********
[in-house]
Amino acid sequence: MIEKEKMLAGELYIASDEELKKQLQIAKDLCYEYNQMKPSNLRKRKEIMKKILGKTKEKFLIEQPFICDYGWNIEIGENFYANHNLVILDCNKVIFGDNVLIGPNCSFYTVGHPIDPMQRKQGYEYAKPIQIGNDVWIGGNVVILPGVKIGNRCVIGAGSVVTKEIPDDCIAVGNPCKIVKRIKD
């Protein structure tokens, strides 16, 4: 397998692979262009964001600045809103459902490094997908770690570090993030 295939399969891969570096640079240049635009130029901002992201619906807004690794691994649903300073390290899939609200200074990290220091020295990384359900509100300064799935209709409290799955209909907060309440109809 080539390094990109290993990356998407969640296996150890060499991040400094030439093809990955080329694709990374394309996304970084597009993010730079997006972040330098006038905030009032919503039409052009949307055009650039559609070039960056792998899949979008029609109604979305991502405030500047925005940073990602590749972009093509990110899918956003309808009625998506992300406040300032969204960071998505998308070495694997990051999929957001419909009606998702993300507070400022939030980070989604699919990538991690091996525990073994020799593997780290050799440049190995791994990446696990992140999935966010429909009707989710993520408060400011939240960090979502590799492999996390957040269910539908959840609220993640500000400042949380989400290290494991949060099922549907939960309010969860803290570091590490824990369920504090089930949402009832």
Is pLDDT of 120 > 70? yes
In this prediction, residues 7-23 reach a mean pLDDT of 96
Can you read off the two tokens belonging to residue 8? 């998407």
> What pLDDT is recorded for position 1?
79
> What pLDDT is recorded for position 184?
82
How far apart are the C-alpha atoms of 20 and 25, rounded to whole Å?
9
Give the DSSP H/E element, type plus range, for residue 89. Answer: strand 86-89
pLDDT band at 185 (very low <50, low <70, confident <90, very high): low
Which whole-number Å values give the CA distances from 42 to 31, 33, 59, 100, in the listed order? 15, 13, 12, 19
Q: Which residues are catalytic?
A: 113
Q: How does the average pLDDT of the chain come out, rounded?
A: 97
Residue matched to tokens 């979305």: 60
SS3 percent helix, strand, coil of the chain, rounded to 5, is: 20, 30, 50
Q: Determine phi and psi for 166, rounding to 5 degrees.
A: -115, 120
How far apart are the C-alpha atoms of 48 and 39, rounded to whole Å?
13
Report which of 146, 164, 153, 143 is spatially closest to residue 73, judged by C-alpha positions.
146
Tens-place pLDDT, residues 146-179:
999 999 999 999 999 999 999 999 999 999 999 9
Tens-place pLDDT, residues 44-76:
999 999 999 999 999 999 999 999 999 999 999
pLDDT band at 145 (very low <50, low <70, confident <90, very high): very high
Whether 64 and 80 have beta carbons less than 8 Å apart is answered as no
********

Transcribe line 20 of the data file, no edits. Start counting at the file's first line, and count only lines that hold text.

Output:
Residue matched to tokens 């979305």: 60